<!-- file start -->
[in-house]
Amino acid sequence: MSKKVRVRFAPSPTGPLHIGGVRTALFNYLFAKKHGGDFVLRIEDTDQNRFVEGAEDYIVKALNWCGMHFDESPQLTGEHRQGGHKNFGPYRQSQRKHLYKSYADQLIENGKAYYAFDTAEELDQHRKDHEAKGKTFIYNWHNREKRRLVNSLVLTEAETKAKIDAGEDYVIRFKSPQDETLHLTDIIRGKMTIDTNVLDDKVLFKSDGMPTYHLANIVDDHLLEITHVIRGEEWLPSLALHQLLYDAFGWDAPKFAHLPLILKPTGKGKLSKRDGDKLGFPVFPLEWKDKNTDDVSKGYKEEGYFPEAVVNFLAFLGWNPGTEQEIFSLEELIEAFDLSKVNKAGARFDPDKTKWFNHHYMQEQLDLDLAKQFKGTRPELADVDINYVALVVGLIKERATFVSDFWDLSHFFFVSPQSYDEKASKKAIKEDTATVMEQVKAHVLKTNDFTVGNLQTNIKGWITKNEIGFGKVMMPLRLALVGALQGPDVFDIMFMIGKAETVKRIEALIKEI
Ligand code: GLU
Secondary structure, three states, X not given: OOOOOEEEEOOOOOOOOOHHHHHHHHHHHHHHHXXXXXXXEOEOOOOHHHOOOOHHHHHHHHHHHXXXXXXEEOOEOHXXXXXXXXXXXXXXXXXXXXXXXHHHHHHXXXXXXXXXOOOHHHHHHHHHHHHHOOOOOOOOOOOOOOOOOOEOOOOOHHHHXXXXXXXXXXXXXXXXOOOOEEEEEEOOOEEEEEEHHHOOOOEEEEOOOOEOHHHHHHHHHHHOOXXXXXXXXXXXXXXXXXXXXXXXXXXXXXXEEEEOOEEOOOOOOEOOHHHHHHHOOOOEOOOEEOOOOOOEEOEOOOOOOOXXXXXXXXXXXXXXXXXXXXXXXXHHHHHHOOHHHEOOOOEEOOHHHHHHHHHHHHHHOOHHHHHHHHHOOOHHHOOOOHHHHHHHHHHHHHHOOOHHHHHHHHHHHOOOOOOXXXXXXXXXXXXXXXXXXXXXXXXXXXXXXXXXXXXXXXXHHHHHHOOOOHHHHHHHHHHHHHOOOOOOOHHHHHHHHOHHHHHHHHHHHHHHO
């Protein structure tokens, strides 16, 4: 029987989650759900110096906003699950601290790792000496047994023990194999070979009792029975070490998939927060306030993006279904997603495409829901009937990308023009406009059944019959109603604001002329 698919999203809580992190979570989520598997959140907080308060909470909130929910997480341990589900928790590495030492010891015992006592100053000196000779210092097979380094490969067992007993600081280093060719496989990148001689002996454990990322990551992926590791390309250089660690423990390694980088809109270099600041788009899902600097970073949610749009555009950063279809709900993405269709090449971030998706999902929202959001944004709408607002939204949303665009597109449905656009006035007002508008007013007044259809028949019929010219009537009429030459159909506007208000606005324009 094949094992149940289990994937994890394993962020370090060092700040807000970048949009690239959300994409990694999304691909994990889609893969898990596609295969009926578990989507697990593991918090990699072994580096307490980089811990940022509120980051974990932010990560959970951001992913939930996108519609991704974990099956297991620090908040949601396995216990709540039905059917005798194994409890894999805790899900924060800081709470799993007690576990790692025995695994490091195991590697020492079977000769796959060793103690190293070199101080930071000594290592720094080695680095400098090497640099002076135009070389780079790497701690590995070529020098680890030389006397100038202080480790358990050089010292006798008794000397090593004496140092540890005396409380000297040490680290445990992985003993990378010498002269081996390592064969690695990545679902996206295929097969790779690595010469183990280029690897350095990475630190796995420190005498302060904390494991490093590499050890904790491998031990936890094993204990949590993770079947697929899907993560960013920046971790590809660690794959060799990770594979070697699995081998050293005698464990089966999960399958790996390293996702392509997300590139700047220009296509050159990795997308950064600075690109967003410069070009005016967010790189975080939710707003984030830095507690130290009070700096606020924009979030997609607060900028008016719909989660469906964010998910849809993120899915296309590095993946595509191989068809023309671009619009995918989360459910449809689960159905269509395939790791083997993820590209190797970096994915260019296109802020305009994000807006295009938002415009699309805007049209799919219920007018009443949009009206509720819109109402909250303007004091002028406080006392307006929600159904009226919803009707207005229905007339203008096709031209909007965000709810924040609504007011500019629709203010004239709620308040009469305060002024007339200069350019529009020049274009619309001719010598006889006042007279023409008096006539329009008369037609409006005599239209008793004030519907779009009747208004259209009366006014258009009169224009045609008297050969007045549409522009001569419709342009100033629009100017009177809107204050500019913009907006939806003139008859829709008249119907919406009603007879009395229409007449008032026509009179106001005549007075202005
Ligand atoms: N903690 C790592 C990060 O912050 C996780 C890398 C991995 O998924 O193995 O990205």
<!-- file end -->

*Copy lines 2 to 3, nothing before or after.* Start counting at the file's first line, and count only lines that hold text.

Amino acid sequence: MSKKVRVRFAPSPTGPLHIGGVRTALFNYLFAKKHGGDFVLRIEDTDQNRFVEGAEDYIVKALNWCGMHFDESPQLTGEHRQGGHKNFGPYRQSQRKHLYKSYADQLIENGKAYYAFDTAEELDQHRKDHEAKGKTFIYNWHNREKRRLVNSLVLTEAETKAKIDAGEDYVIRFKSPQDETLHLTDIIRGKMTIDTNVLDDKVLFKSDGMPTYHLANIVDDHLLEITHVIRGEEWLPSLALHQLLYDAFGWDAPKFAHLPLILKPTGKGKLSKRDGDKLGFPVFPLEWKDKNTDDVSKGYKEEGYFPEAVVNFLAFLGWNPGTEQEIFSLEELIEAFDLSKVNKAGARFDPDKTKWFNHHYMQEQLDLDLAKQFKGTRPELADVDINYVALVVGLIKERATFVSDFWDLSHFFFVSPQSYDEKASKKAIKEDTATVMEQVKAHVLKTNDFTVGNLQTNIKGWITKNEIGFGKVMMPLRLALVGALQGPDVFDIMFMIGKAETVKRIEALIKEI
Ligand code: GLU